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Hydrogen Bomb – H2 Car Misnomer

The term ‘hydrogen bomb’ most likely will be given with dubious distinction to one of the early hydrogen cars that don’t make the grade in the consumer market. Some people fear the new hydrogen cars, calling them names like Hindenburg or Hydrogen Bombs, but nothing could be further from the truth.

The hydrogen bombs developed in the 1950’s were thermonuclear weapons capable of incinerating an area 150 miles square and blasting radioactive and thermal fallout to an area of 800 miles square.

The nuclear reaction was created by the fusion of two hydrogen atoms (the lightest element in the universe) into one helium atom (the second lightest atom), releasing massive amounts of energy along the way.

A hydrogen bomb is a composite bomb. Because the most extreme temperatures are needed for hydrogen fusion to occur, an atomic fission reaction occurs first in order to generate enough heat for the fusion to occur.

In a hydrogen car running on a fuel cell, the reaction is much different. Atoms of hydrogen and oxygen (the eighth lightest atom) are fused together, creating much lower amounts of energy and a byproduct of water (H2O). In addition, without an atomic bomb onboard, the hydrogen car has no way of generating enough heat for a nuclear fusion reaction to occur.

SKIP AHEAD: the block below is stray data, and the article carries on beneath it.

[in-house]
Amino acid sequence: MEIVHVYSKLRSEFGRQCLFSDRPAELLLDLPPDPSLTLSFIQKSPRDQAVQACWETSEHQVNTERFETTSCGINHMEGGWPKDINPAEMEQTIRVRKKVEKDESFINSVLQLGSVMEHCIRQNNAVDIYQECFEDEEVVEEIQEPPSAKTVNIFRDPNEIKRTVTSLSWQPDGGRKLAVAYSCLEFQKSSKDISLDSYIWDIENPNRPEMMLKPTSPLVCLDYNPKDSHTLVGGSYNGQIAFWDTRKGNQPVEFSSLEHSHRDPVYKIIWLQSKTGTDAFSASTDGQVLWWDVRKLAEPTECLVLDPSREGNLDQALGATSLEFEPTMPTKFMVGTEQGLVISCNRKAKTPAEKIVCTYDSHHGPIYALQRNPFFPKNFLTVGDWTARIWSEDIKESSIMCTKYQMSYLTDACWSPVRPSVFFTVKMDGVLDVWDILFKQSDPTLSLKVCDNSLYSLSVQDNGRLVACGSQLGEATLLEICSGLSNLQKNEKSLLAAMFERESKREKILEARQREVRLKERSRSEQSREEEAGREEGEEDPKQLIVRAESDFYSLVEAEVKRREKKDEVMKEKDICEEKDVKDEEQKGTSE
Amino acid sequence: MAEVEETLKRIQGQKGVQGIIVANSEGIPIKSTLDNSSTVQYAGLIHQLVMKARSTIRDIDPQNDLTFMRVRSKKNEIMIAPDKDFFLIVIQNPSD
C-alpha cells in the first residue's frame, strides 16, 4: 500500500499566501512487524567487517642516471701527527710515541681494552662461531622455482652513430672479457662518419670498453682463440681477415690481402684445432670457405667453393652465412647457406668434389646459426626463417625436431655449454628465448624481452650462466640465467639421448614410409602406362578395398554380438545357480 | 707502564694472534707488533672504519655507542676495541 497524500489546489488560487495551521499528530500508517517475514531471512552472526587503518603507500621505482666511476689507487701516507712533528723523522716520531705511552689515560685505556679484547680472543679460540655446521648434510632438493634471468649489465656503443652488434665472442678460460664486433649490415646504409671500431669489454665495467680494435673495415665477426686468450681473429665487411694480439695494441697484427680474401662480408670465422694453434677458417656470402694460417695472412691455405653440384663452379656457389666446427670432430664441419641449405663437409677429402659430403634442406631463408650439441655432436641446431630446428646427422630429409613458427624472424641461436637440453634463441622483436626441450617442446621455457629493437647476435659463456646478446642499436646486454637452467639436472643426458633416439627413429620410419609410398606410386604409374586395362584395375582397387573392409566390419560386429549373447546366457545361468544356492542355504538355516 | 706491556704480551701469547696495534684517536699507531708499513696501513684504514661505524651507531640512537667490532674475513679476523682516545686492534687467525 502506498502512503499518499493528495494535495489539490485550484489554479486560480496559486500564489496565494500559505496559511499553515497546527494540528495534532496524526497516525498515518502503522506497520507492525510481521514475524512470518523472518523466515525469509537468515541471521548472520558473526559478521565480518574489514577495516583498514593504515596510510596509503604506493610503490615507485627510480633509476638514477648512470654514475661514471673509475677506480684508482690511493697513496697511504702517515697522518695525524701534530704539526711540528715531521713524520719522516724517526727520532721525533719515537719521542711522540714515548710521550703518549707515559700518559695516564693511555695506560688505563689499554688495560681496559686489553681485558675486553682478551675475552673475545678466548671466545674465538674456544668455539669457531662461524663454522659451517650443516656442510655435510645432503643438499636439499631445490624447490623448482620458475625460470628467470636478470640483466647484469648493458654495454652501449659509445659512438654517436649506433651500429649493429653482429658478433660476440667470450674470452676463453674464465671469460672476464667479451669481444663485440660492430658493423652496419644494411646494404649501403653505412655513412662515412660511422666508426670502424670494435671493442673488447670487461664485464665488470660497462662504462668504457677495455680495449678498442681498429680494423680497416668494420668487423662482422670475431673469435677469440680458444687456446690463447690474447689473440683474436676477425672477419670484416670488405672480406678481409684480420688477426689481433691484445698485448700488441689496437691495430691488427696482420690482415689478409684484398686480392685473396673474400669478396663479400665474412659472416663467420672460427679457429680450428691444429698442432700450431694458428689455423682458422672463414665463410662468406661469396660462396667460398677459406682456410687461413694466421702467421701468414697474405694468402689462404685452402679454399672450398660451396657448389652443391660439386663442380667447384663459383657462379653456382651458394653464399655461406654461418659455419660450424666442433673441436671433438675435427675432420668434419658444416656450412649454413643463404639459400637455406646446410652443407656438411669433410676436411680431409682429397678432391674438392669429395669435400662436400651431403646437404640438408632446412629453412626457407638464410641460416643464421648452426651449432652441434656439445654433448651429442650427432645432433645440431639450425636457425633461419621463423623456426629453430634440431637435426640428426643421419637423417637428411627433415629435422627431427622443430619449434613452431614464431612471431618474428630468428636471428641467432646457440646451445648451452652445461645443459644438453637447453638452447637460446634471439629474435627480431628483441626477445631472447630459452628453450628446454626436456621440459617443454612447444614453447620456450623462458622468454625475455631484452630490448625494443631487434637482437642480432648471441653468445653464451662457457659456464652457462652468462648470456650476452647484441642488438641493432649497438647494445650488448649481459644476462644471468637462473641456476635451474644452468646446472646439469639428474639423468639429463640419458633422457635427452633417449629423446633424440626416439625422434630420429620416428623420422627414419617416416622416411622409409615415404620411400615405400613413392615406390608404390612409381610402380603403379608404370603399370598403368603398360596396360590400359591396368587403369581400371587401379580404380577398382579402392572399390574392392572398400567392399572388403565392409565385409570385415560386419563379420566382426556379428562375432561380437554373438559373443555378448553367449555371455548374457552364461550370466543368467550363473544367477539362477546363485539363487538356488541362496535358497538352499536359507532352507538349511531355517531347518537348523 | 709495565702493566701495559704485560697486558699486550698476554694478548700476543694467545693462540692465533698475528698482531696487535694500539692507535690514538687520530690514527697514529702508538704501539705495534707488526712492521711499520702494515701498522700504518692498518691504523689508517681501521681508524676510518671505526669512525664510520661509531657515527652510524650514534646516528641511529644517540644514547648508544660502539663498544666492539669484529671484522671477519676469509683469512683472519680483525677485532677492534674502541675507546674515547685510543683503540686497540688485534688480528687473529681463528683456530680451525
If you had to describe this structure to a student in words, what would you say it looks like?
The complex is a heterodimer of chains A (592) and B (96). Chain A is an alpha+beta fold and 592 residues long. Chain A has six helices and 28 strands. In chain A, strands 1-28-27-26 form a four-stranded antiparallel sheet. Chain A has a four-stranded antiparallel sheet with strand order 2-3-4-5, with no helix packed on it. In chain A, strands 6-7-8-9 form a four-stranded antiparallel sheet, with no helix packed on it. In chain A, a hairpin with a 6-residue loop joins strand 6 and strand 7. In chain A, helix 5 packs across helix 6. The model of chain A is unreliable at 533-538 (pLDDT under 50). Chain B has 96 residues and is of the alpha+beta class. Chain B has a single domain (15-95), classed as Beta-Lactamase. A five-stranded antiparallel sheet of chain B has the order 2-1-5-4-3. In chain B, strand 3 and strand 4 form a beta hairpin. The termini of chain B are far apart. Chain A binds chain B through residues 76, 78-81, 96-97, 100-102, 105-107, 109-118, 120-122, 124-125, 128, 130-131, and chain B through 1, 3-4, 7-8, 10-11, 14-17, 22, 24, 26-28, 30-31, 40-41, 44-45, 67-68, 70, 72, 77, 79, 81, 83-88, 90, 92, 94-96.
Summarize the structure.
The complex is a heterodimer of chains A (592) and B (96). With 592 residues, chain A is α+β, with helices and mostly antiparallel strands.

Because of the historical publicity of the destructive uses of hydrogen, as in bombs and zeppelins, much of the public has a negative or overly cautious perception of the use of hydrogen to power cars and other vehicles. The hydrogen cars being developed today have many safety features, such as better seals and carbon-composite fuel tanks, that make as safe or safer than the standard fossil fuel vehicles.

The term ‘hydrogen bomb’ will be such as easy name for the media to place upon a new H2 car, that the manufacturers are being extremely careful not to inherit such a name.

Written by Hydro Kevin Kantola

 

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